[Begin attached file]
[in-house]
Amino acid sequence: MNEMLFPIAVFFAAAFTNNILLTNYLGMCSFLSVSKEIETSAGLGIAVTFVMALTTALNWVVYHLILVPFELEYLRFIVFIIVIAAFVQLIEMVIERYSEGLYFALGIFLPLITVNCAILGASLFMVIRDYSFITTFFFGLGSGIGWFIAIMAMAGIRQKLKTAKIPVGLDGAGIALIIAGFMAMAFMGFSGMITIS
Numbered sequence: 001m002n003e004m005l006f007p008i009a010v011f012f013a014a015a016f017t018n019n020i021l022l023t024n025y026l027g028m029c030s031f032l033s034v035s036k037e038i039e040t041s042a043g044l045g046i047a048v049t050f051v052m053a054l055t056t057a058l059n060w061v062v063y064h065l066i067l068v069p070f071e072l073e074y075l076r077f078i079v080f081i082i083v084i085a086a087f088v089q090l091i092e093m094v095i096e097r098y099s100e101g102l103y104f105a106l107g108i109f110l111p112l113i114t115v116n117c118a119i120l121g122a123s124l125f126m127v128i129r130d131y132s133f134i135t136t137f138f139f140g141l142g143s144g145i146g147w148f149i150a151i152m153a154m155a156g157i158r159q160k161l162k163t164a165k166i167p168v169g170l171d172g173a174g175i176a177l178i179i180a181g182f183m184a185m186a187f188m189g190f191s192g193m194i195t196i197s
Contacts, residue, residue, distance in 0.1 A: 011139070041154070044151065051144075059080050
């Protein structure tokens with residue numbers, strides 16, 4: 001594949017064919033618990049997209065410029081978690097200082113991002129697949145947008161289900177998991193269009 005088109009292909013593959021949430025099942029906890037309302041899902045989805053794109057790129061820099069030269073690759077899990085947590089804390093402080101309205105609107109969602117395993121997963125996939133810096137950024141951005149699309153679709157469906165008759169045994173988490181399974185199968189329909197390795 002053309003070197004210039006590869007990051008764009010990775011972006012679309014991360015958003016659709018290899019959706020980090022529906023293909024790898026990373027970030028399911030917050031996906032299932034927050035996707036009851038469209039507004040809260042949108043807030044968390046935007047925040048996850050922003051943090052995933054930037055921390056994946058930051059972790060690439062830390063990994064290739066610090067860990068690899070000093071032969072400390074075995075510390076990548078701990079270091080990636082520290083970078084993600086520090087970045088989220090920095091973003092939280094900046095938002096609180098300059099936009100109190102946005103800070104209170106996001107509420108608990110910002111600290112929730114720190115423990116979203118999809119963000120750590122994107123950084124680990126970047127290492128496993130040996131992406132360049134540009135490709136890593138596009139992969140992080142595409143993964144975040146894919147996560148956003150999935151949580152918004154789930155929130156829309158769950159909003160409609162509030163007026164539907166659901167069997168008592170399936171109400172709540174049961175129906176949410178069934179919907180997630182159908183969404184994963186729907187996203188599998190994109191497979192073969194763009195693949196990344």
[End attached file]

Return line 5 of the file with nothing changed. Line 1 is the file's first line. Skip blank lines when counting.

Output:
């Protein structure tokens with residue numbers, strides 16, 4: 001594949017064919033618990049997209065410029081978690097200082113991002129697949145947008161289900177998991193269009 005088109009292909013593959021949430025099942029906890037309302041899902045989805053794109057790129061820099069030269073690759077899990085947590089804390093402080101309205105609107109969602117395993121997963125996939133810096137950024141951005149699309153679709157469906165008759169045994173988490181399974185199968189329909197390795 002053309003070197004210039006590869007990051008764009010990775011972006012679309014991360015958003016659709018290899019959706020980090022529906023293909024790898026990373027970030028399911030917050031996906032299932034927050035996707036009851038469209039507004040809260042949108043807030044968390046935007047925040048996850050922003051943090052995933054930037055921390056994946058930051059972790060690439062830390063990994064290739066610090067860990068690899070000093071032969072400390074075995075510390076990548078701990079270091080990636082520290083970078084993600086520090087970045088989220090920095091973003092939280094900046095938002096609180098300059099936009100109190102946005103800070104209170106996001107509420108608990110910002111600290112929730114720190115423990116979203118999809119963000120750590122994107123950084124680990126970047127290492128496993130040996131992406132360049134540009135490709136890593138596009139992969140992080142595409143993964144975040146894919147996560148956003150999935151949580152918004154789930155929130156829309158769950159909003160409609162509030163007026164539907166659901167069997168008592170399936171109400172709540174049961175129906176949410178069934179919907180997630182159908183969404184994963186729907187996203188599998190994109191497979192073969194763009195693949196990344």